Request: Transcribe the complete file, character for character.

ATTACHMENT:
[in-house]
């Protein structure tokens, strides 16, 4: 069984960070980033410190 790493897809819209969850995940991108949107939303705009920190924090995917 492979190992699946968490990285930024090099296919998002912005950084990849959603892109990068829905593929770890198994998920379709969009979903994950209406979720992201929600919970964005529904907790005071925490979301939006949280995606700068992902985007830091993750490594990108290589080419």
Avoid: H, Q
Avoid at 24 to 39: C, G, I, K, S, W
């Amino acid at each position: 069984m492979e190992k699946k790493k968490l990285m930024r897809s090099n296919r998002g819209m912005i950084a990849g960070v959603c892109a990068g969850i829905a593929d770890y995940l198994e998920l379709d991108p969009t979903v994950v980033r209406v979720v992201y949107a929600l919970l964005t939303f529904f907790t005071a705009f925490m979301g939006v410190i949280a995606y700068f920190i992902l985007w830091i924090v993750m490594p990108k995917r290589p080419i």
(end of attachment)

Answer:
[in-house]
């Protein structure tokens, strides 16, 4: 069984960070980033410190 790493897809819209969850995940991108949107939303705009920190924090995917 492979190992699946968490990285930024090099296919998002912005950084990849959603892109990068829905593929770890198994998920379709969009979903994950209406979720992201929600919970964005529904907790005071925490979301939006949280995606700068992902985007830091993750490594990108290589080419």
Avoid: H, Q
Avoid at 24 to 39: C, G, I, K, S, W
């Amino acid at each position: 069984m492979e190992k699946k790493k968490l990285m930024r897809s090099n296919r998002g819209m912005i950084a990849g960070v959603c892109a990068g969850i829905a593929d770890y995940l198994e998920l379709d991108p969009t979903v994950v980033r209406v979720v992201y949107a929600l919970l964005t939303f529904f907790t005071a705009f925490m979301g939006v410190i949280a995606y700068f920190i992902l985007w830091i924090v993750m490594p990108k995917r290589p080419i």